“But still, you will acknowledge that I have done right in letting Beatrice hunt. You may be quite sure that there is no accomplishment which brings a girl so much into notice in the country. Look at her now.”
Mrs. Macpherson looked and saw Beatrice in her habit at the far end of the dining-room surrounded by a group of men in pink, and she also saw her own daughters sitting neglected by themselves on the other side of the room. She made no observation upon the contrast, for it would hardly have been polite to have done so; but she made a mental note of the fact that Mrs. Miller was a very clever woman, and that, if you want an ugly daughter to marry, you had better let her learn how to ride across country. And she furthermore decided that her third daughter, Alice, who was not blessed with the gift of beauty, should forthwith abandon the cultivation of a very feeble and uncertain vocal organ and be sent to the nearest riding-school the very instant she returned to her home.
Beatrice Miller rode very well indeed; it was the secret of her uncle’s affection for her, and many a good day’s sport had the two enjoyed side by side across the flat fields and the strong fences and wide ditches of their native country. Her brothers, Guy and Edwin, were fond of hunting too, but they rode clumsily and awkwardly, floundering across country in what their uncle called, contemptuously, a thoroughly “provincial style.” But Beatrice had the true Esterworth seat and hand; she looked as if she were born to her saddle, and, in truth, she was never so happy as when she was in it. It was a proof of how great and real was her love to Herbert Pryme that she fully recognized that, in becoming his wife, she would have to live in London entirely and to give up her beloved hunting for his sake.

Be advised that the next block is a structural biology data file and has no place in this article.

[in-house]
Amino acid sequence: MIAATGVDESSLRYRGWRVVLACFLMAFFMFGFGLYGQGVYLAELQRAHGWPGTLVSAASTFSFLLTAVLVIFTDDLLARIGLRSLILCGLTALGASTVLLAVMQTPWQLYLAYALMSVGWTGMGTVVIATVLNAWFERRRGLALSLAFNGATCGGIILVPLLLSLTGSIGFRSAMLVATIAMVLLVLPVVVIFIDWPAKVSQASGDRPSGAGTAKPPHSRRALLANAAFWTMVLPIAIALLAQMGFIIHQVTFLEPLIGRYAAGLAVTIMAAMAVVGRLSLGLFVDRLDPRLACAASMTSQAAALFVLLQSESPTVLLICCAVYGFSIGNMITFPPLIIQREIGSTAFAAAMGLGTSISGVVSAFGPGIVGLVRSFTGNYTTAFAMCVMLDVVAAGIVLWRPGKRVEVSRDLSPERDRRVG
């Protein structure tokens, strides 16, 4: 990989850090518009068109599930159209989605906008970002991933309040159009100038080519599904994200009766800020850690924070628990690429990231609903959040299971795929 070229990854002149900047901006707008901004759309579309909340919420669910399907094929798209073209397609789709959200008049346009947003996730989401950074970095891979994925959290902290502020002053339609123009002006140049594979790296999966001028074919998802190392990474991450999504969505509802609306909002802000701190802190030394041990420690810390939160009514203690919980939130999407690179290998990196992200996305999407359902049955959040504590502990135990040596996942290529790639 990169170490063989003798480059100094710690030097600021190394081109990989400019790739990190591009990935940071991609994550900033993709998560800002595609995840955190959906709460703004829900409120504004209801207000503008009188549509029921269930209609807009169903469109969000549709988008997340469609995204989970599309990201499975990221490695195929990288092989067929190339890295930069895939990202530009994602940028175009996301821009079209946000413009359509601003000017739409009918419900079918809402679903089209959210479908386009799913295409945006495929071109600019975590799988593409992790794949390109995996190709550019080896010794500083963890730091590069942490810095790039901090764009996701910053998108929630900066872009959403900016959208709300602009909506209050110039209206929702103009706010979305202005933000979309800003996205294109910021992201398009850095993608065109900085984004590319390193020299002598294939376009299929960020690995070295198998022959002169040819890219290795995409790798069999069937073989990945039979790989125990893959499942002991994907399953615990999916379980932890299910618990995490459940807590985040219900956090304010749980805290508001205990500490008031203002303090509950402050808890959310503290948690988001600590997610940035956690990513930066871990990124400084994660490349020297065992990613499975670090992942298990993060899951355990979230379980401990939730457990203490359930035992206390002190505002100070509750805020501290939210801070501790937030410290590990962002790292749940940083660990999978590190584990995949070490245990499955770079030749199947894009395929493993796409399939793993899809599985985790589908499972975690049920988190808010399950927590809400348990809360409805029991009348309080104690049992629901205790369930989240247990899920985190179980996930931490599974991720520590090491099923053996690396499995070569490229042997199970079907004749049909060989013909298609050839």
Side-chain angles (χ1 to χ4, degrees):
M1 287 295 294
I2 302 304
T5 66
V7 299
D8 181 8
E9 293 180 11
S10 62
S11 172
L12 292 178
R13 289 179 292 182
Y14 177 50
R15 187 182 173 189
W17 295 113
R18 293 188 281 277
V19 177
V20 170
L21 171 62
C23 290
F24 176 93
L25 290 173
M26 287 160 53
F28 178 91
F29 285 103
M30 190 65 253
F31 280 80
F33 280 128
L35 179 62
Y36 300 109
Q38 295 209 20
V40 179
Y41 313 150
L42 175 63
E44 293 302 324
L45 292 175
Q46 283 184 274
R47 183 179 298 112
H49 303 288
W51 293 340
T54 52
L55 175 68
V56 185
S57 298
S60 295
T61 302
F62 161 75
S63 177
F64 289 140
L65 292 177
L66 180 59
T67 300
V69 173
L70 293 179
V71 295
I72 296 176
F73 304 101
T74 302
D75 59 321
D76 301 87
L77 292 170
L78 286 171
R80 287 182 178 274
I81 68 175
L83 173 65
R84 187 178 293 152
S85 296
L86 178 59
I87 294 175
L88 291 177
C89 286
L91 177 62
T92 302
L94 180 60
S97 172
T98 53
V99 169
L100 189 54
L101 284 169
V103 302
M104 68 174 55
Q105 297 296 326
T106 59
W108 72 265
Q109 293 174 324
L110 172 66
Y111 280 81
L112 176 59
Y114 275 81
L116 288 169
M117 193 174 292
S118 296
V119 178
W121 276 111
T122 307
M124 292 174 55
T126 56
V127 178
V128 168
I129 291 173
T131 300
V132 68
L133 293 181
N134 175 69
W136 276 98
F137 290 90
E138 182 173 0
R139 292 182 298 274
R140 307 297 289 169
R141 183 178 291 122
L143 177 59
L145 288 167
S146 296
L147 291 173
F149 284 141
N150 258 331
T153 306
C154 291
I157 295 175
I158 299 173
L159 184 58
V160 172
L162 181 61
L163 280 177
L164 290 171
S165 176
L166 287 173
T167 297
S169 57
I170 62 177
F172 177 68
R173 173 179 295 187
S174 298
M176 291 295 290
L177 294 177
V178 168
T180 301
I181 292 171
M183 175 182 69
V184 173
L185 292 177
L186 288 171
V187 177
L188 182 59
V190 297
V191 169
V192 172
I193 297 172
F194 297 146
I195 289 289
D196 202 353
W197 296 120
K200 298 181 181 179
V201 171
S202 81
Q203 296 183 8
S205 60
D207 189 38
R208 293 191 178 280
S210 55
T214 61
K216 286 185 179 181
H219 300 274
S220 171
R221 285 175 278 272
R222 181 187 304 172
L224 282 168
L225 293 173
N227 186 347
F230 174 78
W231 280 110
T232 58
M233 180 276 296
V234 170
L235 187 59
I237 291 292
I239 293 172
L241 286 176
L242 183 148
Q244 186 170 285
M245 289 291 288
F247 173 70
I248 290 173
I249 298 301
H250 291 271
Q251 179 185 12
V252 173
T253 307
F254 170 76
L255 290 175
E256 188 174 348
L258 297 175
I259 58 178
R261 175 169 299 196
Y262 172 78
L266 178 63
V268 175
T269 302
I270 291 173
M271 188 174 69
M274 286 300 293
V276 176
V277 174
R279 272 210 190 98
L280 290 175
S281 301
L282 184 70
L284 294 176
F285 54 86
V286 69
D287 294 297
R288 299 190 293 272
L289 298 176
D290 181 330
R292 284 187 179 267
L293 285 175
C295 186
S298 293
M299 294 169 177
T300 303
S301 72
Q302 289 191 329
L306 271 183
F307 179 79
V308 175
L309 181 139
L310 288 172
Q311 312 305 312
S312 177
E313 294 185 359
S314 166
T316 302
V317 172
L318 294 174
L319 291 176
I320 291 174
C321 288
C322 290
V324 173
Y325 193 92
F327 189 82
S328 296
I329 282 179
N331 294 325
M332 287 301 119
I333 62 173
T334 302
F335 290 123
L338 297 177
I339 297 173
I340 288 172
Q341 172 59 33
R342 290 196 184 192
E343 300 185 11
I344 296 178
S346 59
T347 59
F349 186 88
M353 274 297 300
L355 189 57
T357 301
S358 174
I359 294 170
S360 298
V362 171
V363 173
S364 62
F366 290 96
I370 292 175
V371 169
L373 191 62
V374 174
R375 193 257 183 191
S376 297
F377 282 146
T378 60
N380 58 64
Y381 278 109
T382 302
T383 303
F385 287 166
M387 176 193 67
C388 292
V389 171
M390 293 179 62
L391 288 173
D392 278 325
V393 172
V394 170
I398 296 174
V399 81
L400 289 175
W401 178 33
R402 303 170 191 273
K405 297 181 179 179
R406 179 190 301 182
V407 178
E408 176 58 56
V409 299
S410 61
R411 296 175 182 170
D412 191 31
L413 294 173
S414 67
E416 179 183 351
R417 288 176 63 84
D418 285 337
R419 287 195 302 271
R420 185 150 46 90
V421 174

A woman who rides, as did Beatrice, is sure to be popular on a hunting morning; and, with the consciousness of her lover’s hands resting upon the back of her chair, with her favourite uncle by her side, and with several truly ardent admirers of her good riding about her, Miss Miller was evidently enjoying herself thoroughly.
The scene, indeed, was animated to the last degree. The long dining-room was filled with guests, the table was covered with good things, a repast, half breakfast, half luncheon, being laid out upon it. Everybody helped themselves, with much chattering and laughter, and there was a pleasant sense of haste and excitement, and a charming informality about the proceedings, which made the Shadonake Hunt breakfast, which Tom Esterworth had been prevailed upon by his niece’s entreaties to allow, a thorough and decided success.
Outside there were the hounds, drawn up in patient expectation on the grass beyond the gravel sweep, the bright coats and velvet caps of the men, and the gray horses—on which it was the Meadowshire tradition that they should be always mounted—standing out well against the dark background of the leafless woods behind. Then there were a goodly company who had not dismounted, and to whom glasses of sherry were being handed by the servants, and who also were chattering to each other, or to those on foot, whilst before the door, an object of interest to those within as to those without, Sir John Kynaston was putting Miss Nevill upon her horse.